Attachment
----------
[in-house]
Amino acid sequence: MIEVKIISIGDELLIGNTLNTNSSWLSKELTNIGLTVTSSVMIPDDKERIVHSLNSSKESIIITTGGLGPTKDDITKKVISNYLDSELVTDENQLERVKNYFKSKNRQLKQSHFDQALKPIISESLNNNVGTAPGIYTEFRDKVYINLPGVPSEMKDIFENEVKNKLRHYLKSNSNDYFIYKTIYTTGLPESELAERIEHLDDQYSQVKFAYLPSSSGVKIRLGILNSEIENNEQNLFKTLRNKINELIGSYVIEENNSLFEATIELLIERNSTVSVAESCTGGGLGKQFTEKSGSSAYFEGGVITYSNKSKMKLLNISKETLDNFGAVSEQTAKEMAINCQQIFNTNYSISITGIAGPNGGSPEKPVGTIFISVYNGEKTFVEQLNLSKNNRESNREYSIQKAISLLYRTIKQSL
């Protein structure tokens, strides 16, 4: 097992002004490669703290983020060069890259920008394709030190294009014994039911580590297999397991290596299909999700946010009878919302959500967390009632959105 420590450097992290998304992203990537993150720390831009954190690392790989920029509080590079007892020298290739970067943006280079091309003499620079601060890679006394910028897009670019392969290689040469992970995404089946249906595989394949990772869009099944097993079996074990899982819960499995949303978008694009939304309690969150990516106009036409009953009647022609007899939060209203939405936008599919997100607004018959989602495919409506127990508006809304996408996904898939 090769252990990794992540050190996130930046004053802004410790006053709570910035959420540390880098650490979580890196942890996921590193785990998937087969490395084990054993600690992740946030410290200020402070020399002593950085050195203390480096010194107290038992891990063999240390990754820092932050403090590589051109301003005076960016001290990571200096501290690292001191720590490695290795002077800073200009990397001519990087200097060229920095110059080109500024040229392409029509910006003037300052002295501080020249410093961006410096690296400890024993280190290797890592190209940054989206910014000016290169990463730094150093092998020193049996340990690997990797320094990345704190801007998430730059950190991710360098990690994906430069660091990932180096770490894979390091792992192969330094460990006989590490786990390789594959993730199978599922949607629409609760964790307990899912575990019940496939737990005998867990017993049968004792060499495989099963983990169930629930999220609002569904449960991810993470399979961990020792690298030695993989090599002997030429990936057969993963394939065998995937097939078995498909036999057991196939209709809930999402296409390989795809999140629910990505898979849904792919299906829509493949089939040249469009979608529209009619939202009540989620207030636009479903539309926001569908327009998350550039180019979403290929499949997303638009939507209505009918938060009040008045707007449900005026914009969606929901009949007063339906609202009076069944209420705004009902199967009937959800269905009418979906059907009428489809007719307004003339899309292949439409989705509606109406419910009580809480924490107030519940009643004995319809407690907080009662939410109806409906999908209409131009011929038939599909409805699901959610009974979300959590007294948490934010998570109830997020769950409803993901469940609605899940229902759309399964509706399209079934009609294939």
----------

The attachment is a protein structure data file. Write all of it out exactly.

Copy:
[in-house]
Amino acid sequence: MIEVKIISIGDELLIGNTLNTNSSWLSKELTNIGLTVTSSVMIPDDKERIVHSLNSSKESIIITTGGLGPTKDDITKKVISNYLDSELVTDENQLERVKNYFKSKNRQLKQSHFDQALKPIISESLNNNVGTAPGIYTEFRDKVYINLPGVPSEMKDIFENEVKNKLRHYLKSNSNDYFIYKTIYTTGLPESELAERIEHLDDQYSQVKFAYLPSSSGVKIRLGILNSEIENNEQNLFKTLRNKINELIGSYVIEENNSLFEATIELLIERNSTVSVAESCTGGGLGKQFTEKSGSSAYFEGGVITYSNKSKMKLLNISKETLDNFGAVSEQTAKEMAINCQQIFNTNYSISITGIAGPNGGSPEKPVGTIFISVYNGEKTFVEQLNLSKNNRESNREYSIQKAISLLYRTIKQSL
């Protein structure tokens, strides 16, 4: 097992002004490669703290983020060069890259920008394709030190294009014994039911580590297999397991290596299909999700946010009878919302959500967390009632959105 420590450097992290998304992203990537993150720390831009954190690392790989920029509080590079007892020298290739970067943006280079091309003499620079601060890679006394910028897009670019392969290689040469992970995404089946249906595989394949990772869009099944097993079996074990899982819960499995949303978008694009939304309690969150990516106009036409009953009647022609007899939060209203939405936008599919997100607004018959989602495919409506127990508006809304996408996904898939 090769252990990794992540050190996130930046004053802004410790006053709570910035959420540390880098650490979580890196942890996921590193785990998937087969490395084990054993600690992740946030410290200020402070020399002593950085050195203390480096010194107290038992891990063999240390990754820092932050403090590589051109301003005076960016001290990571200096501290690292001191720590490695290795002077800073200009990397001519990087200097060229920095110059080109500024040229392409029509910006003037300052002295501080020249410093961006410096690296400890024993280190290797890592190209940054989206910014000016290169990463730094150093092998020193049996340990690997990797320094990345704190801007998430730059950190991710360098990690994906430069660091990932180096770490894979390091792992192969330094460990006989590490786990390789594959993730199978599922949607629409609760964790307990899912575990019940496939737990005998867990017993049968004792060499495989099963983990169930629930999220609002569904449960991810993470399979961990020792690298030695993989090599002997030429990936057969993963394939065998995937097939078995498909036999057991196939209709809930999402296409390989795809999140629910990505898979849904792919299906829509493949089939040249469009979608529209009619939202009540989620207030636009479903539309926001569908327009998350550039180019979403290929499949997303638009939507209505009918938060009040008045707007449900005026914009969606929901009949007063339906609202009076069944209420705004009902199967009937959800269905009418979906059907009428489809007719307004003339899309292949439409989705509606109406419910009580809480924490107030519940009643004995319809407690907080009662939410109806409906999908209409131009011929038939599909409805699901959610009974979300959590007294948490934010998570109830997020769950409803993901469940609605899940229902759309399964509706399209079934009609294939």